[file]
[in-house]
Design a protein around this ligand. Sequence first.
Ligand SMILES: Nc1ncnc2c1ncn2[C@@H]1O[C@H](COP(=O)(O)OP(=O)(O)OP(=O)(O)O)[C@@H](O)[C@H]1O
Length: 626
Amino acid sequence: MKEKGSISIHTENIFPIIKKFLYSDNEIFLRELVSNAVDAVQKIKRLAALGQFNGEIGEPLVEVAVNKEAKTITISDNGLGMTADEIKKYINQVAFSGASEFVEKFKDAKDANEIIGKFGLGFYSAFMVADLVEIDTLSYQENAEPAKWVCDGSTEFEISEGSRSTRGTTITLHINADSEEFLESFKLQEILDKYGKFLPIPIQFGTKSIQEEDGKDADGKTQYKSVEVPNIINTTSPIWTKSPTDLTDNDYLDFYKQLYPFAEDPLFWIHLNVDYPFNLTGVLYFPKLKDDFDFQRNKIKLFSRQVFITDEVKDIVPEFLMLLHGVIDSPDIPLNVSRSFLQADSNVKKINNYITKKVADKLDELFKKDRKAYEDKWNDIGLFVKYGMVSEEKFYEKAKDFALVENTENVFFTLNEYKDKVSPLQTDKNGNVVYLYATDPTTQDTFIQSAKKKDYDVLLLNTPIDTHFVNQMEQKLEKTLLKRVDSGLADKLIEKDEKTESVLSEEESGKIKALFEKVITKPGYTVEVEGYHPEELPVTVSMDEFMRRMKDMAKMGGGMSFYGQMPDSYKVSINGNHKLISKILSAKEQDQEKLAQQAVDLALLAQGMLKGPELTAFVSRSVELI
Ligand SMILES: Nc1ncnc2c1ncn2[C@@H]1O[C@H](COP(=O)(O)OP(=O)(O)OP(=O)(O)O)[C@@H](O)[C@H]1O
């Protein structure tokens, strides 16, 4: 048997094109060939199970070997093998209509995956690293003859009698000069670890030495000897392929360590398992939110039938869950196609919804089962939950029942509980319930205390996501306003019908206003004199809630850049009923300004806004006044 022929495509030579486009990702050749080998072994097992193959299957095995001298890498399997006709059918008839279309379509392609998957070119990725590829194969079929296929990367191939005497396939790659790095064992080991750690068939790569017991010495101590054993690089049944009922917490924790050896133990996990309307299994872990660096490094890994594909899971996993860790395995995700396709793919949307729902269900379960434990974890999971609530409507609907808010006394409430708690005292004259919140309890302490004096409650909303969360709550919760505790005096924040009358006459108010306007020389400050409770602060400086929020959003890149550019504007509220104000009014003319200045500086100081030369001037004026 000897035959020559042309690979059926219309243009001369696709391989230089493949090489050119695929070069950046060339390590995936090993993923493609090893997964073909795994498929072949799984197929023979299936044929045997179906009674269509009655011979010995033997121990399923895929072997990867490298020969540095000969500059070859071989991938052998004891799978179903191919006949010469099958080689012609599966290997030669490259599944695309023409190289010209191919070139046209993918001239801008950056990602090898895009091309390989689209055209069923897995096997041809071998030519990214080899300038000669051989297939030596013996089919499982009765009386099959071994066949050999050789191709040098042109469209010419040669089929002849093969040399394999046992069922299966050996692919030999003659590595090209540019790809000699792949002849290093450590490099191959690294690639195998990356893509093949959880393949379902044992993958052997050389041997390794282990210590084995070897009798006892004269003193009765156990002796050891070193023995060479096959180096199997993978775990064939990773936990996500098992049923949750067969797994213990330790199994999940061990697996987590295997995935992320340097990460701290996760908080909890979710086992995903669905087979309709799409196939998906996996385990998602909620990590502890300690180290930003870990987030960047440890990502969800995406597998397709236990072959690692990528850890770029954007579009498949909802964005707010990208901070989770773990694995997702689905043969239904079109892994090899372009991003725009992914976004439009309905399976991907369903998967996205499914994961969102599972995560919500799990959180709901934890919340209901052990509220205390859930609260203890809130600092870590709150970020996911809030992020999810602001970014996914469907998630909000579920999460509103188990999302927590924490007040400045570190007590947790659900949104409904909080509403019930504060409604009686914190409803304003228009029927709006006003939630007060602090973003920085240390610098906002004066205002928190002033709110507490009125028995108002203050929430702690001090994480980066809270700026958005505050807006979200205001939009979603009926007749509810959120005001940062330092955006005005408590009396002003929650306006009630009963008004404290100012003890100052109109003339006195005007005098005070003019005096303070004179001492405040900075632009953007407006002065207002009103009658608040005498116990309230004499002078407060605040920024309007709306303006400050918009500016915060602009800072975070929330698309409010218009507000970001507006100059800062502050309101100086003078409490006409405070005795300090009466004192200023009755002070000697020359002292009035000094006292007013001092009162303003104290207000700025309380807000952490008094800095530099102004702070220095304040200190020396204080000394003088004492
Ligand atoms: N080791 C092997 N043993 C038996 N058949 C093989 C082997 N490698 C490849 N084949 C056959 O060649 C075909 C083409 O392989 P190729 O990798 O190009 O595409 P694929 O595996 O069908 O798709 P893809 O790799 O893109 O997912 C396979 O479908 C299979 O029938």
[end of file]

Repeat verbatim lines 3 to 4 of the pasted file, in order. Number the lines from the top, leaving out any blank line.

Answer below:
Ligand SMILES: Nc1ncnc2c1ncn2[C@@H]1O[C@H](COP(=O)(O)OP(=O)(O)OP(=O)(O)O)[C@@H](O)[C@H]1O
Length: 626